The ice monster
As soon as he saw the magnificent ice giant, Laurent craved to reveal its hidden depths. It took many hours to check out the location and prepare the shots but finally Laurent and his team were ready. Using a wide-angle lens they snapped 147 different images over three days. After careful stitching, the final image was assembled and ready to view.
Trapped by the surrounding ice field, the iceberg floats safely above the sea floor. When free to roam, however, these icebergs can gouge great marks across the ocean bed as they are turned about by the wind, current and tide. The curves and curlicues of the scars leave a record of the past that scientists can use to study climate change.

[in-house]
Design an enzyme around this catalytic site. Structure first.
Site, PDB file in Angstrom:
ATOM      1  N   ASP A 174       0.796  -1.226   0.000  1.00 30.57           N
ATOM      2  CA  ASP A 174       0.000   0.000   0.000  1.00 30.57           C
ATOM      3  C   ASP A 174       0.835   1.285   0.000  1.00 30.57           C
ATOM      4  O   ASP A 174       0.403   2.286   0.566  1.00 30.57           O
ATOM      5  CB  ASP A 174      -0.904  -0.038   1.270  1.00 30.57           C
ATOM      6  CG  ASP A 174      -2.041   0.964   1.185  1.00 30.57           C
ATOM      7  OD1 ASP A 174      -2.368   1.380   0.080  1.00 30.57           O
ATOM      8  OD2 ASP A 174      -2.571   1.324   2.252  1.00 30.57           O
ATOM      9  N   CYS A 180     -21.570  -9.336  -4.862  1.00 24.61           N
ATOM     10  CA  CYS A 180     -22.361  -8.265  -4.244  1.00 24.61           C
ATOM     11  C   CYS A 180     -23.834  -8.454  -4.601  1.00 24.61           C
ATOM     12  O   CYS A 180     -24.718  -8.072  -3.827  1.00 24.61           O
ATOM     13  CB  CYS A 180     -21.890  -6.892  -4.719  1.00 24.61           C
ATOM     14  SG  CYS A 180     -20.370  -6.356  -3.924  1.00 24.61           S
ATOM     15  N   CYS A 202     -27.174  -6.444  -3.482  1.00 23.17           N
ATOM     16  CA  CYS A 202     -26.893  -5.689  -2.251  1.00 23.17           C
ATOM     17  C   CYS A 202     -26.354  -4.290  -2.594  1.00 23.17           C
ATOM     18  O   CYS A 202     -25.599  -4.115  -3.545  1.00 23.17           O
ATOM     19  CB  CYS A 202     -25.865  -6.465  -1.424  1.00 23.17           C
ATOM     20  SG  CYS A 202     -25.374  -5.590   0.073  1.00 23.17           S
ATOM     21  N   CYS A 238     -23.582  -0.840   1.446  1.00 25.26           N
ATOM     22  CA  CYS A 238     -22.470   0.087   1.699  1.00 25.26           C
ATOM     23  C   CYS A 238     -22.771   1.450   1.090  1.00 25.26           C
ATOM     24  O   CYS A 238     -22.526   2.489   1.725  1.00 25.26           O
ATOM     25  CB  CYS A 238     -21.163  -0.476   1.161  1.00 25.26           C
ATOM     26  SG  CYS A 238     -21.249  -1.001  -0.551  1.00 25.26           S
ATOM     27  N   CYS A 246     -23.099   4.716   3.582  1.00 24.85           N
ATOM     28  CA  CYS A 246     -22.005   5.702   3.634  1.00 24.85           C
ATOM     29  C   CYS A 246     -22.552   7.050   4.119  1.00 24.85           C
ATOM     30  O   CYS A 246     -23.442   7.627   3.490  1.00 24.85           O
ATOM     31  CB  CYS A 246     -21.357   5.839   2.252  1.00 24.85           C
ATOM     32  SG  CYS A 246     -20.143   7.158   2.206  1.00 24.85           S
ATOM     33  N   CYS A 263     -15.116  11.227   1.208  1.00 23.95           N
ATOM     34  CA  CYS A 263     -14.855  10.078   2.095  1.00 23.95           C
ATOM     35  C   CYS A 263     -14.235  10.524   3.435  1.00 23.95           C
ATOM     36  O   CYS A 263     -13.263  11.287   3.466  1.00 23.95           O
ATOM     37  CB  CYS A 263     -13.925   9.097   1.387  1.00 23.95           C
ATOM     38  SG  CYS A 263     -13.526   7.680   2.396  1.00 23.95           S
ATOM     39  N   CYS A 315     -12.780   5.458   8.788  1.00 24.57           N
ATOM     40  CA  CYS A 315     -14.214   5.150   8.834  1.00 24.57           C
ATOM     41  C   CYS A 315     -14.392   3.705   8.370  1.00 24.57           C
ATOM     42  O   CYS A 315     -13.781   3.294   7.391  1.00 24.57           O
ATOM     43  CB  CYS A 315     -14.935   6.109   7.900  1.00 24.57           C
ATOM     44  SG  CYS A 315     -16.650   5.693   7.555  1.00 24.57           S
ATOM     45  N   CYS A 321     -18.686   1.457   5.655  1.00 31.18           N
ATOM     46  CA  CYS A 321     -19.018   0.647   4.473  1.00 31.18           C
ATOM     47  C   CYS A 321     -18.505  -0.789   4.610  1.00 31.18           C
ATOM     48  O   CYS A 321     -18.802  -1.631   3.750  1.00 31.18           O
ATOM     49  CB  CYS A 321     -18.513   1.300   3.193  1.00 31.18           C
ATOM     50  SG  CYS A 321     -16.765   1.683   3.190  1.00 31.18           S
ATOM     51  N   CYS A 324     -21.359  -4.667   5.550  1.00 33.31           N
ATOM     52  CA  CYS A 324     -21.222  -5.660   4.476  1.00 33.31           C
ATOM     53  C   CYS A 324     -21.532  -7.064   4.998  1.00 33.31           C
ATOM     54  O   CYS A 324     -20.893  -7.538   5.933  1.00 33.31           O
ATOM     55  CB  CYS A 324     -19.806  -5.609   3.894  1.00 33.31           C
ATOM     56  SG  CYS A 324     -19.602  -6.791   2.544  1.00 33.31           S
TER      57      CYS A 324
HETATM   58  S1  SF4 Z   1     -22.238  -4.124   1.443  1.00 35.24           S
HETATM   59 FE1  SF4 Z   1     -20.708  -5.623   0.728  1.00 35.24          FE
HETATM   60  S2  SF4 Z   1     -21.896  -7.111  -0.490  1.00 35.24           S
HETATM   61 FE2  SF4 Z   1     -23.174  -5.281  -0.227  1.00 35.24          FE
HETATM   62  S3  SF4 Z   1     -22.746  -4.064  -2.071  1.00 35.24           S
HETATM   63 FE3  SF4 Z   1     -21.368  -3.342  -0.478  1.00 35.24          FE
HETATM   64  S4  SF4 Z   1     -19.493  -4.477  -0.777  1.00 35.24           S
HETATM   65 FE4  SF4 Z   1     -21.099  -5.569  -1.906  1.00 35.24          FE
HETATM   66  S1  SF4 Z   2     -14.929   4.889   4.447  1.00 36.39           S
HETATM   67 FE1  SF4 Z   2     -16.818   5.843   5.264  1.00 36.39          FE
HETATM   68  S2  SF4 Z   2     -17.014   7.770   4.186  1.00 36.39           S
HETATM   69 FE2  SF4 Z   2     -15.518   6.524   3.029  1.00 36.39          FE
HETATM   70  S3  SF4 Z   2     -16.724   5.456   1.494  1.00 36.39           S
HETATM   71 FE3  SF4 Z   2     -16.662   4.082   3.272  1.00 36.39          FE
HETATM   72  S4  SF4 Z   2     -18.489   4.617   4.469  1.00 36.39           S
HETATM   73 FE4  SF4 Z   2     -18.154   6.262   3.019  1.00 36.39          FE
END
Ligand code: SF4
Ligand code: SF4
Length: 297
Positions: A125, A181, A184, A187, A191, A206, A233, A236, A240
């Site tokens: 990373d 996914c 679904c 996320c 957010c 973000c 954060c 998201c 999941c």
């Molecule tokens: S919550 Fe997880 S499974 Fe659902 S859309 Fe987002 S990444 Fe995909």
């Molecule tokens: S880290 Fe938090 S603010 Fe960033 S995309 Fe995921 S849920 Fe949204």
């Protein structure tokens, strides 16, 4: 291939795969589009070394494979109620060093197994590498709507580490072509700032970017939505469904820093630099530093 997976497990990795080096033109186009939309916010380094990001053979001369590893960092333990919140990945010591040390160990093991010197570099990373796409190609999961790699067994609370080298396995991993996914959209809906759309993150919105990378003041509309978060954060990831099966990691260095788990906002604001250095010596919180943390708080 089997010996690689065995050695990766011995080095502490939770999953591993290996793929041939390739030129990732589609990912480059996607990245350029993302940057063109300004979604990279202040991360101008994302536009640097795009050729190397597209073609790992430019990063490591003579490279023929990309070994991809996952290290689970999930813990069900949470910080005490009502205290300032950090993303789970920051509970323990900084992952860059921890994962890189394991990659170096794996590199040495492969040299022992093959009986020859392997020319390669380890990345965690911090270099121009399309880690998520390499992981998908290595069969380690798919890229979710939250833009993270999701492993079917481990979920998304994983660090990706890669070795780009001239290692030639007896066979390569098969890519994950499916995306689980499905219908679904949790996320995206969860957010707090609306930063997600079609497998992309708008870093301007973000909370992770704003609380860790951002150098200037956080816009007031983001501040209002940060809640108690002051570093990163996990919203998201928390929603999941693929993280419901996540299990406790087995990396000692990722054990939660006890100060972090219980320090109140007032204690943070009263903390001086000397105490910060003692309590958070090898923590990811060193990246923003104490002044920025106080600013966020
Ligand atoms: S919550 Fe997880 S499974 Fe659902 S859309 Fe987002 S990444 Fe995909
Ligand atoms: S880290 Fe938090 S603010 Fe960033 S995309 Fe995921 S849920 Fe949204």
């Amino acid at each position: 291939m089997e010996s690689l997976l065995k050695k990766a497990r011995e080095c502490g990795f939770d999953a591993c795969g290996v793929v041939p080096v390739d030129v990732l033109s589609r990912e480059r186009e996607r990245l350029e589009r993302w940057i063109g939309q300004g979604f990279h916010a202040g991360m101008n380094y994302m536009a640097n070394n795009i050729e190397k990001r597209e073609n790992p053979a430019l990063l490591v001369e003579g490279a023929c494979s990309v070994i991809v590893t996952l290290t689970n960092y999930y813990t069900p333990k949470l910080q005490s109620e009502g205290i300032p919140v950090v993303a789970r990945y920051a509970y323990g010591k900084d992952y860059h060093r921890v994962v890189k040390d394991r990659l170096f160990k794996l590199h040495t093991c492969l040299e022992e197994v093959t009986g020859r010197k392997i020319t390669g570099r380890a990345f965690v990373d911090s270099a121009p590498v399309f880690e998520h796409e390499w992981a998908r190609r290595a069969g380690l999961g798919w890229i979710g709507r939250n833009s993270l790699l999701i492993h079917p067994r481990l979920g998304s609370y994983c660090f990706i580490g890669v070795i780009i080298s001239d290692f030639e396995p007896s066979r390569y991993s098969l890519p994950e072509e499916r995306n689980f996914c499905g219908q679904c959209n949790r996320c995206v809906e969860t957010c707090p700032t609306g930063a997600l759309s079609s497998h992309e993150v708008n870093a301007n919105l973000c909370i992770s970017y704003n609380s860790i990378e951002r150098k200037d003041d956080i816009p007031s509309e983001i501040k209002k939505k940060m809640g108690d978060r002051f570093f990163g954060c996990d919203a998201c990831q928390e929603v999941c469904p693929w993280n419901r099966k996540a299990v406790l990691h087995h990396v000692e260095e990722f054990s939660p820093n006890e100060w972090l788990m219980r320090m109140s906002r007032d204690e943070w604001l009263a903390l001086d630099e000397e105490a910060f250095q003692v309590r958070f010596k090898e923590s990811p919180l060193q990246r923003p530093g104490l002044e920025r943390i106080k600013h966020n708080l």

Nikon D4S; 13mm f2.8 lens; 1/30 to 1/60 sec at f6.3 (147 stitched images); ISO 3200; Seacam housing; flashlights.
Îlot de la Vierge, Géologie Archipelago, Antarctica
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Laurent Ballesta, France
Coming from the coastal region of Montpellier in France, Laurent discovered the sea at an early age. While studying benthic ecology at university he discovered a new species of fish in the Mediterranean. He has published portfolios in many international magazines and appears on French television as a scientific advisor in marine environment for the show Ushuaïa Nature.